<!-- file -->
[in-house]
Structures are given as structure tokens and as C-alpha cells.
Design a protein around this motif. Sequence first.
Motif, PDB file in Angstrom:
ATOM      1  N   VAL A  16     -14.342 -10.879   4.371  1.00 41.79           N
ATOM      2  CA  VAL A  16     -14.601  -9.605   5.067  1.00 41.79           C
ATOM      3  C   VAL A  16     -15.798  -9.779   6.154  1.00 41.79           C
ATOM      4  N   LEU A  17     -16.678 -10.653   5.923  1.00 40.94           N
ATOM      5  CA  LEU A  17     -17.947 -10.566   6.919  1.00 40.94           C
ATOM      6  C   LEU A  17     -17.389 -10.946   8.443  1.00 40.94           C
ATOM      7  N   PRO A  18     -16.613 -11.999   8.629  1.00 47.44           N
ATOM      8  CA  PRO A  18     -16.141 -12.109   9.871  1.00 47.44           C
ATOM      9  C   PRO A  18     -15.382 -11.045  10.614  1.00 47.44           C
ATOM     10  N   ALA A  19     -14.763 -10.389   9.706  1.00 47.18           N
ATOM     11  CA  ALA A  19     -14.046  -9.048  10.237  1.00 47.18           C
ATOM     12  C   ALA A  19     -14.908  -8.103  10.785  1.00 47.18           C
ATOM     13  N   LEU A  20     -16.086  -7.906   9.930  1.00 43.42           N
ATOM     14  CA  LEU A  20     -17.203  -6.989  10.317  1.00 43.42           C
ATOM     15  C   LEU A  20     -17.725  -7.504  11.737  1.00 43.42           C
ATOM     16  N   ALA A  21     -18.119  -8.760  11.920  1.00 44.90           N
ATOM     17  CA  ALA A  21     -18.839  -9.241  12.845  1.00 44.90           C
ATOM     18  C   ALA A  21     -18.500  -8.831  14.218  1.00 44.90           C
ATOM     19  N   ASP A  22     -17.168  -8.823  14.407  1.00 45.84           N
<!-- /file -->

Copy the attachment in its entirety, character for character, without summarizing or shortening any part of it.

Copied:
[in-house]
Structures are given as structure tokens and as C-alpha cells.
Design a protein around this motif. Sequence first.
Motif, PDB file in Angstrom:
ATOM      1  N   VAL A  16     -14.342 -10.879   4.371  1.00 41.79           N
ATOM      2  CA  VAL A  16     -14.601  -9.605   5.067  1.00 41.79           C
ATOM      3  C   VAL A  16     -15.798  -9.779   6.154  1.00 41.79           C
ATOM      4  N   LEU A  17     -16.678 -10.653   5.923  1.00 40.94           N
ATOM      5  CA  LEU A  17     -17.947 -10.566   6.919  1.00 40.94           C
ATOM      6  C   LEU A  17     -17.389 -10.946   8.443  1.00 40.94           C
ATOM      7  N   PRO A  18     -16.613 -11.999   8.629  1.00 47.44           N
ATOM      8  CA  PRO A  18     -16.141 -12.109   9.871  1.00 47.44           C
ATOM      9  C   PRO A  18     -15.382 -11.045  10.614  1.00 47.44           C
ATOM     10  N   ALA A  19     -14.763 -10.389   9.706  1.00 47.18           N
ATOM     11  CA  ALA A  19     -14.046  -9.048  10.237  1.00 47.18           C
ATOM     12  C   ALA A  19     -14.908  -8.103  10.785  1.00 47.18           C
ATOM     13  N   LEU A  20     -16.086  -7.906   9.930  1.00 43.42           N
ATOM     14  CA  LEU A  20     -17.203  -6.989  10.317  1.00 43.42           C
ATOM     15  C   LEU A  20     -17.725  -7.504  11.737  1.00 43.42           C
ATOM     16  N   ALA A  21     -18.119  -8.760  11.920  1.00 44.90           N
ATOM     17  CA  ALA A  21     -18.839  -9.241  12.845  1.00 44.90           C
ATOM     18  C   ALA A  21     -18.500  -8.831  14.218  1.00 44.90           C
ATOM     19  N   ASP A  22     -17.168  -8.823  14.407  1.00 45.84           N